Fat Steve's Blatherings

Wednesday, March 16, 2005

Airbus and MSM Info

      Although the U.S. MSM didn't cover it to any great extent, there was a near disaster with an Airbus-310 on Sunday, March 6th this year. (Multiple Hat tips: Prof. Glenn Reynolds).  The rudder suddenly fell off Air Transat Flight 961, an A310 heading from Cuba to Quebec.

      This is technically very interesting, as a rudder came off an A300 (almost identical to the A310) in Nov. of 2001, killing 265 people aboard American Airlines Flight 587.  Flight 587's crash was blamed on the pilot overstressing the rudder.

      There have also been other accidents with the A300, fortunately non-fatal.  It looks like European socialist air transport isn't what it's been cracked up to be.  That ought to have some interesting ramifications for Airbus's future, especially since the company is eager to sell its new super-jumbo A380.

      A politically interesting point now comes from BitsBlog.  The pilot of the Air Transat flight asked to land in Ft. Lauderdale.  Note that word asked.  If the pilot had declared an emergency, they'd have put him down wherever he wanted.

      But since the pilot only asked, he was offered Miami (no customs officials at Ft. Lauderdale that day).  The pilot then called his home office, and was told to return to Cuba.  He did, landing safely -- but the story was put out that the U.S. refused to allow Air Transat to make an emergency landing.  That seems to be untrue.

      It looks like someone decided to use this as an opportunity for a little USAmerica bashing.  Besides slandering us, it diverts suspicion from Airbus's engineering.

      Wonder how long it will be before the MSM really picks up on this? There are currently (10:41 PM) 628 stories on Wolfowitz as the new World Bank President, 944 on the Senate voting to allow drilling in the ANWR, and 807 on whether Italy will pull troops out of Iraq, and only 44 on the Airbus accident.

      Looks like an opportunity to humiliate the MSM again.  It comes just in time, too.  In an update to this story, the Washington Post editor Philip Bennett claims he was egregiously misquoted and distorted by the Chinese People's Daily Online.  With Bennett off the hook, we need another victim.

      Update: Short, Final, Cleared to Land has an entry on the Airbus (do NOT miss the photo), and adds this question about Flight 587:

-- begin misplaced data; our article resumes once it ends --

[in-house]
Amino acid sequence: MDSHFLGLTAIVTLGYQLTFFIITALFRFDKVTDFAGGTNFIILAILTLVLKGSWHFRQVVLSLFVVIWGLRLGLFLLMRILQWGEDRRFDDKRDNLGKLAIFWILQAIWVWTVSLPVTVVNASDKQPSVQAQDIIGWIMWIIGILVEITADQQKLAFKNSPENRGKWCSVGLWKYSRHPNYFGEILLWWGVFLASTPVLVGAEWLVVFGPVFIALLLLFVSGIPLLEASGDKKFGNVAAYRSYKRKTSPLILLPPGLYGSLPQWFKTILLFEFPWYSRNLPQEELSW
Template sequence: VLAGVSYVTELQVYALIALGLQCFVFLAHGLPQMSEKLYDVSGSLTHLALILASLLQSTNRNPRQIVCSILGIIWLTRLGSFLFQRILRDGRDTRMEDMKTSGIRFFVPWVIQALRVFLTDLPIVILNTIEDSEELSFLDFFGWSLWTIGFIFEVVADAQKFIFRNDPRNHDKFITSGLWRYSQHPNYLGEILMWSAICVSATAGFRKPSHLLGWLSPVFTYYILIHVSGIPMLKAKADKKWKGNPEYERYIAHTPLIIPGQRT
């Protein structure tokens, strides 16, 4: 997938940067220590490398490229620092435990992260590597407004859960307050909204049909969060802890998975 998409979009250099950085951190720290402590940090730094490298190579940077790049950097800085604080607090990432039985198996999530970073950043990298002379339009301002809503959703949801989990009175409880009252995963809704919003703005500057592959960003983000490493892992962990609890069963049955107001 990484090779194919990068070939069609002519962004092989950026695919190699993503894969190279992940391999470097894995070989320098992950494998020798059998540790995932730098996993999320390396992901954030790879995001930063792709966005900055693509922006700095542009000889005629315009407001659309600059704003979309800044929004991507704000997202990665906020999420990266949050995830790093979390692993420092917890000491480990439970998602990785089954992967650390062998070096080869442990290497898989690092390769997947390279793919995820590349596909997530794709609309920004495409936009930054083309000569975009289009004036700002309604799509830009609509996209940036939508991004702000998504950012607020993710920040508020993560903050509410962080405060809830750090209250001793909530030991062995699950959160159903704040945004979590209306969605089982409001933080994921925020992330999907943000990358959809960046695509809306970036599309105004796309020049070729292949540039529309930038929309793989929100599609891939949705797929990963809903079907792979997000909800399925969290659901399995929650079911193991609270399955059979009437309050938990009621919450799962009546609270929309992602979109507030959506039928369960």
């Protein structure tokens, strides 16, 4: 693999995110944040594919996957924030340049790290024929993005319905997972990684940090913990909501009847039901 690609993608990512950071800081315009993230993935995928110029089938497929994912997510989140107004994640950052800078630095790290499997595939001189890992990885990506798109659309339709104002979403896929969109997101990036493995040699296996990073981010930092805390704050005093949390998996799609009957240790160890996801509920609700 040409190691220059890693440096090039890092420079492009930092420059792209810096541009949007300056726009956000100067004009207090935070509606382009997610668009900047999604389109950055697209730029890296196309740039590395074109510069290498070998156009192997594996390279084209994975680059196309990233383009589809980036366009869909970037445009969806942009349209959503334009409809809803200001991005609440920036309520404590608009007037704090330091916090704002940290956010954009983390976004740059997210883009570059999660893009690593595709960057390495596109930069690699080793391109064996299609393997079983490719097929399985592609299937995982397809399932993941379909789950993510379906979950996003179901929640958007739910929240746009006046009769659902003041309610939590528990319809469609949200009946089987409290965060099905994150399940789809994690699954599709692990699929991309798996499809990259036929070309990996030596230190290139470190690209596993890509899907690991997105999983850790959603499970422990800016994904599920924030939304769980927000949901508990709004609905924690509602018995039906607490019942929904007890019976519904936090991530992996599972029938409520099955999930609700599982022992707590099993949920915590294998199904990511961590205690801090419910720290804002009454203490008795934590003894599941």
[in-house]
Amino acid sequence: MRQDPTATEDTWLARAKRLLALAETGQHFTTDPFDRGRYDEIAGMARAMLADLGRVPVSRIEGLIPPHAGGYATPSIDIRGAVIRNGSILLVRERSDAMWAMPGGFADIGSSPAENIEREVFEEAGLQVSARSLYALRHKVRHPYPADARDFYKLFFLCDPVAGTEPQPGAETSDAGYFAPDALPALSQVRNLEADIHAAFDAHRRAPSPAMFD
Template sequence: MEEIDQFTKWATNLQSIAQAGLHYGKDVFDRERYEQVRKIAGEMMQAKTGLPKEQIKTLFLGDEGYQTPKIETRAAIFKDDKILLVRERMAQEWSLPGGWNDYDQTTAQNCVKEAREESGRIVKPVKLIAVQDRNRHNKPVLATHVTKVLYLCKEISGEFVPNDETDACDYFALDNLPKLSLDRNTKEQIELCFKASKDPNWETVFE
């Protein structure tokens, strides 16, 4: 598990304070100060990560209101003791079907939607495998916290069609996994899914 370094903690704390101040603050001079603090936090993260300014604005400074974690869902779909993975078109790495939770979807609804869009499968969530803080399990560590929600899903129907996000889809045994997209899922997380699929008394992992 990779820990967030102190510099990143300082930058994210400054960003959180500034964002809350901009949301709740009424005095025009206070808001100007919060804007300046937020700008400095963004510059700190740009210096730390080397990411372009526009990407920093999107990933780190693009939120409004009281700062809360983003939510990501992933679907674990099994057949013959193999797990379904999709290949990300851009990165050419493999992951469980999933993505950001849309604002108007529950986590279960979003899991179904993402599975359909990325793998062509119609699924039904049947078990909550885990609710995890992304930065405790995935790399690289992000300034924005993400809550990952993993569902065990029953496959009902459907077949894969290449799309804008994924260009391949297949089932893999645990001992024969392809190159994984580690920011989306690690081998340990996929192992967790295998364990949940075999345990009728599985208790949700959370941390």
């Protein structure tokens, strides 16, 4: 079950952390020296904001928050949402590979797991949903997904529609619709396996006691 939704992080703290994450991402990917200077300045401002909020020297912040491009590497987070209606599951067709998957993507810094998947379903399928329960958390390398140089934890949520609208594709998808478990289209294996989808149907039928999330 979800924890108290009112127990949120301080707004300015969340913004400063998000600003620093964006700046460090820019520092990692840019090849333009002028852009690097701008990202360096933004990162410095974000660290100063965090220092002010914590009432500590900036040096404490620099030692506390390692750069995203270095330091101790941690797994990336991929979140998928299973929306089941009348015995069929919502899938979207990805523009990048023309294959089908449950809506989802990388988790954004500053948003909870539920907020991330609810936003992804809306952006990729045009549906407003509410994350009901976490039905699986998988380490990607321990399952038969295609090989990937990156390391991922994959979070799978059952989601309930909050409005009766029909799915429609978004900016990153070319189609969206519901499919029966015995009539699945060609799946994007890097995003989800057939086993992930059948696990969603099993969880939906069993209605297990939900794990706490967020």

Regarding Flight 587, the NTSB report prompted me to ask an airline pilot I know about the typical usage of the autopilot. Flight 587 was at almost 3000 feet when the tail separated, and I was wondering why the autopilot wasn't on yet. If the theory regarding the inputs of the pilot having caused the loss of the vertical stab[ilizer] is correct, the tragedy would be that it wouldn't have happened if the autopilot was being used.

According to the pilot I talked to (737 Captain for US Airways), the autopilot will normally be engaged within the first 1000 ft. of altitude in the Boeing 737 he flies, but often much sooner for the Airbus due to its more modern systems. The actual altitude of engagement is up to the pilots discretion, but it seems to be commonly the case that the autopilot is engaged very soon after lift-off. This is borne out by my admittedly limited experiences in flying jets. I always preferred to hand fly since it's so rare that I get the opportunity, but the pilots always seemed to want to get on autopilot asap.

I don't know, (and didn't ask) if there is any way to tell if the autopilot was engaged on Flight 587, and I couldn't find anything in the NTSB report that says one way or the other. I'm left wondering if the autopilot was, in fact, engaged at the time of the loss of the stab, or whether it would have made any difference one way or the other in light of what happened on Flight 961.



  • Commenting on the vanishing rudder on flight 961, he pointed out that nothing was said about composite inspection in the NTSB's report on flight 587.

    IIRC, the 587 investigation initially considered reports of delamination in the tail structures. The final report seemed to indicate that pilot error had to have caused load above rated loads (in particular, a "swaying" movement to compensate which instead led to high loads to try to damp an oscillatory phenomemon). But the question does arise as to how strong the composites are at those loads, and whether bad composites will significanly impair structural integrity (and how often there are flaws in the composite construction).

    I know composites are popular (and essential to such as the F-22), but there may be a learning curve, similar to that found with the problem of metal fatigue in the earlier days of large airplanes after repeated flexing, leading to an abandonment of the static load tests that failed to show this problem. . . .


    By Blogger Arne Langsetmo, at 12:46 AM  

  •       Good comment, Mr. Langsetmo.

          I'd think it would be obvious that when working with new materials, you'd ask how you test them.  I'd also think that if hitting the rudder pedals too hard could make the tail come off, there'd be an interlock to prevent that happening.

          Some accidents, you can see how multiple causes interact unpredictably, but in this case, it just seems like bad design on the tail, and bad design on the maintainence regime.


    By Blogger Stephen M. St. Onge, at 12:06 AM  

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